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  1. Oct 29, 2009 · Nixon’s Attorney General of the United States John Mitchell served 19 months for his role in the scandal, while Watergate mastermind G. Gordon Liddy, a former FBI agent, served four and a half ...

  2. Richard Nixon, 37th president of the United States (1969–74), who, faced with almost certain impeachment for his role in the Watergate scandal, became the first American president to resign from office. He was also vice president (1953–61) under President Dwight D. Eisenhower.

  3. Nixon's own reaction to the break-in, at least initially, was one of skepticism. Watergate prosecutor James Neal was sure that Nixon had not known in advance of the break-in. As evidence, he cited a conversation taped on June 23 between the President and his chief of staff, H. R. Haldeman, in which Nixon asked, "Who was the asshole that did that?"

  4. The Watergate Scandal was a series of crimes committed by the President and his staff, who were found to have spied on and harassed political opponents, accepted illegal campaign contributions and covered up their own misdeeds. On June 17, 1972, The Washington Post published a small story. In this story, the reporters stated that five…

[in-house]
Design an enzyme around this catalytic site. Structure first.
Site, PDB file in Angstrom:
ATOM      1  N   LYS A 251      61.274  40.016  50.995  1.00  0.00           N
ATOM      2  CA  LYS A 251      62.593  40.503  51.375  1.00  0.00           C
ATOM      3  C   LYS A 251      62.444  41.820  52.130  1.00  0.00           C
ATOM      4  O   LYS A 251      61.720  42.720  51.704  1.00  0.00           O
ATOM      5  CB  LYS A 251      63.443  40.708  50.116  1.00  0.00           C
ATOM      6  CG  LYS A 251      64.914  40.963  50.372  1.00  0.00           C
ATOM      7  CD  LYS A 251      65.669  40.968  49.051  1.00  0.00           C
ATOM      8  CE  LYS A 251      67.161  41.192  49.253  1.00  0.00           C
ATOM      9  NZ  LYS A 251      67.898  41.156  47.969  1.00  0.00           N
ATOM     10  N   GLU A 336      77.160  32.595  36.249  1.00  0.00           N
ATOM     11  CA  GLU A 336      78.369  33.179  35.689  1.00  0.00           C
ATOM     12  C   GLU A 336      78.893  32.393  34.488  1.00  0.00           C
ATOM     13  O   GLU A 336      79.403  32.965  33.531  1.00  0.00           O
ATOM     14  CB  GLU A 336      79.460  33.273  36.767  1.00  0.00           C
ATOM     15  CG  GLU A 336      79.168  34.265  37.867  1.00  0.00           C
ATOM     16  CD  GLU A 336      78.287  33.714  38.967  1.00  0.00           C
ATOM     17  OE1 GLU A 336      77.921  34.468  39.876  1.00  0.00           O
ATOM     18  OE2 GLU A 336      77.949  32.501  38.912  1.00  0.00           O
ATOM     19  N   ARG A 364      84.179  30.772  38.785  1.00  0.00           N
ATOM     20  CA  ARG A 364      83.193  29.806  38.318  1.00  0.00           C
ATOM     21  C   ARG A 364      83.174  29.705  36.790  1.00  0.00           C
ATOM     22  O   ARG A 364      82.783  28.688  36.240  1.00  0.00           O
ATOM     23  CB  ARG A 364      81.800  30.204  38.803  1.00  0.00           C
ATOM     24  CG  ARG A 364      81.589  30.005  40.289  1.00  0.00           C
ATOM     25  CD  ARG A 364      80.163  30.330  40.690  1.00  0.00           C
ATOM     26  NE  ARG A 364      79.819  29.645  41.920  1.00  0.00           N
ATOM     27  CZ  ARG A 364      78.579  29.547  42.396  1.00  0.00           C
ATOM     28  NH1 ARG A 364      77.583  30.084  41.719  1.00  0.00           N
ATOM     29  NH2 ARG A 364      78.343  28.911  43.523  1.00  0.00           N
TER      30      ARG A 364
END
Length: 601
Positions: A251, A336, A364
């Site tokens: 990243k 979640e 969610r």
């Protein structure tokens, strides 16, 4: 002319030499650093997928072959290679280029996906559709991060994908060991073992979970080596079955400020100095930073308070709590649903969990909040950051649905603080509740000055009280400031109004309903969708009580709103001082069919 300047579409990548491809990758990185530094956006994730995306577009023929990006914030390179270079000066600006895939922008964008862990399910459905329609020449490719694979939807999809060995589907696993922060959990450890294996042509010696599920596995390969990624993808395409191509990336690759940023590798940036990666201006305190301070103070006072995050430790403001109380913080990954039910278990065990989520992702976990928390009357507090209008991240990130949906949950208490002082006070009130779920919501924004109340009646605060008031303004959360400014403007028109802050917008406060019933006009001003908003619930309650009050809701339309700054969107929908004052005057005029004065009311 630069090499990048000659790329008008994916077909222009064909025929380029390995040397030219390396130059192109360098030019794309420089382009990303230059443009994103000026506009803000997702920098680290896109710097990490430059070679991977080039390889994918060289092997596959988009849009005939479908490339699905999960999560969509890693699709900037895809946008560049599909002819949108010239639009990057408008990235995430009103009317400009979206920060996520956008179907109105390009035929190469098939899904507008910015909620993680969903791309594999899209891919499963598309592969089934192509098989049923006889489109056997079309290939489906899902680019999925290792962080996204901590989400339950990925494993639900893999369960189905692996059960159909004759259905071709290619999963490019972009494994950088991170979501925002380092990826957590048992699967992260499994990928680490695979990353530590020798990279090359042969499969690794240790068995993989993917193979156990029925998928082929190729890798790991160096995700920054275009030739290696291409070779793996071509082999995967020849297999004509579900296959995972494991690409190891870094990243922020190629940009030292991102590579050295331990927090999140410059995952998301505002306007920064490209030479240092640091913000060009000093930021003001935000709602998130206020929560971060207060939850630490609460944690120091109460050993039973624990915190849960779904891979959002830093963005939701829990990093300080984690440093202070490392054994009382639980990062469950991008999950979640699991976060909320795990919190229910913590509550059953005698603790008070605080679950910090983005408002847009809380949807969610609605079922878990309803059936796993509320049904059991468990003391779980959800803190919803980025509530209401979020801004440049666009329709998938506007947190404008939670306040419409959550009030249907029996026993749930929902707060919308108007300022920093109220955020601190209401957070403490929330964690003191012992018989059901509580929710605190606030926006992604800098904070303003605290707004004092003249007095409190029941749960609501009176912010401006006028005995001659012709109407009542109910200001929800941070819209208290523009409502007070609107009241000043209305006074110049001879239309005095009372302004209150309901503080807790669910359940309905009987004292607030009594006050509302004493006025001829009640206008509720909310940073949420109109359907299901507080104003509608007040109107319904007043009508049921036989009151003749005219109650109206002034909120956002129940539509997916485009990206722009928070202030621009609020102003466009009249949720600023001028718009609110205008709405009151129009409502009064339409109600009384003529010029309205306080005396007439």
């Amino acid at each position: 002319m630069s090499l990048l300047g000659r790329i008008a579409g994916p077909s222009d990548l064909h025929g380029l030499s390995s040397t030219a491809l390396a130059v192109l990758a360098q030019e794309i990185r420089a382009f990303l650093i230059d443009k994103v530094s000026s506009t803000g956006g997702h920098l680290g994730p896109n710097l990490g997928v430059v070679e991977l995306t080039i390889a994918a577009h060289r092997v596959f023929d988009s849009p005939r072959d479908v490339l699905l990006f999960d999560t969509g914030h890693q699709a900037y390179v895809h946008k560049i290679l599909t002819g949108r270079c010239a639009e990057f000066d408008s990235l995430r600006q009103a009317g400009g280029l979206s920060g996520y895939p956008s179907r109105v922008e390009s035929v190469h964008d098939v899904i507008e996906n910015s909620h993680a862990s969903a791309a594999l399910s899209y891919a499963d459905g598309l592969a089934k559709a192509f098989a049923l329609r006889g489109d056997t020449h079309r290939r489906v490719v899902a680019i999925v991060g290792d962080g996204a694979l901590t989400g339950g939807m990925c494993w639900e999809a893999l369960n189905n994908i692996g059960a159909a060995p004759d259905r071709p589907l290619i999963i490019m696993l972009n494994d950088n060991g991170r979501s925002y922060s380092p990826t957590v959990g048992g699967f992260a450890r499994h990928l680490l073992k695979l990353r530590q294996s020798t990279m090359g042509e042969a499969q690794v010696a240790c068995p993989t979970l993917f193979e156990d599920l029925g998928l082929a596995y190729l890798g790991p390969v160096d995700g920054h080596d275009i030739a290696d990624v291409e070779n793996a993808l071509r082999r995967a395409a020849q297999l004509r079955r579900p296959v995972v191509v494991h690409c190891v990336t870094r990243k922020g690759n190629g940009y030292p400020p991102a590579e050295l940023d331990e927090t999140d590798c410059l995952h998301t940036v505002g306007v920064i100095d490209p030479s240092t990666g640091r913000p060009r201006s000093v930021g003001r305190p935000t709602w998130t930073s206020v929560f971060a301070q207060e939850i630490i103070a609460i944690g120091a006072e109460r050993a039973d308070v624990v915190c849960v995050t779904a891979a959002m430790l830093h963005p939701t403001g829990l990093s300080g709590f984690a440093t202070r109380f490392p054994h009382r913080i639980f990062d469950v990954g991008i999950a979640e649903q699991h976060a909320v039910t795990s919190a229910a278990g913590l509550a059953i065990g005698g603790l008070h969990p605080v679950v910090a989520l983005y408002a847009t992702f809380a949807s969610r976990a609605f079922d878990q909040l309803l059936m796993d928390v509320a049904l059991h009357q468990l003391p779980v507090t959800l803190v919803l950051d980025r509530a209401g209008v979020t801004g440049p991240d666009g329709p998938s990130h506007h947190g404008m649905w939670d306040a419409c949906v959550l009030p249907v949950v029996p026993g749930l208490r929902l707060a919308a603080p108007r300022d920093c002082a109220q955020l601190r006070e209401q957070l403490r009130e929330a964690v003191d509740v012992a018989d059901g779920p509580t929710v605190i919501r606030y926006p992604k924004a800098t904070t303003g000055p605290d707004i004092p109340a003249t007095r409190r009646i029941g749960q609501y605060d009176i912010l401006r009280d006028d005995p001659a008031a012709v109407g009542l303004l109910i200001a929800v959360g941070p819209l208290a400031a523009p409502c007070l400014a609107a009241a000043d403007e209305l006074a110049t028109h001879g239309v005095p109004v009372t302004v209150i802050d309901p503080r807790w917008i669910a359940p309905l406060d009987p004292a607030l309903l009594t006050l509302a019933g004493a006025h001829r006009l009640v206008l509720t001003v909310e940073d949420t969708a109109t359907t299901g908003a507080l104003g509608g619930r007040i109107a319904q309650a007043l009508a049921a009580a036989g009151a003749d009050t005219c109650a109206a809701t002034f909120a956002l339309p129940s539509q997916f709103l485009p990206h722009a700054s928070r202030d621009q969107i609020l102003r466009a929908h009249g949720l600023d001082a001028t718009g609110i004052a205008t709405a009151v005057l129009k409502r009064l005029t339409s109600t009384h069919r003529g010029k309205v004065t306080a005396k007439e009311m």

5. Jun 08, 2012 · On June 17, 1971 — exactly one year before the Watergate break-in — Nixon met in the Oval Office with his chief of staff, H.R. “Bob” Haldeman, and national security adviser Henry Kissinger ...

  6. May 13, 2014 · The Watergate scandal was a major political scandal that happened in the United States between 1972 and 1974. It began with a break-in at the headquarters of Democratic National Committee at the office complex called Watergate – hence the name, in Washington, D.C. on June 17, 1972. The burglary and subsequent attempts of the Nixon administration … Continue reading Watergate Scandal Summary

  7. The impeachment process against Richard Nixon began in the United States House of Representatives on October 30, 1973, following the series of high-level resignations and firings widely called the "Saturday Night Massacre" during the course of the Watergate scandal.

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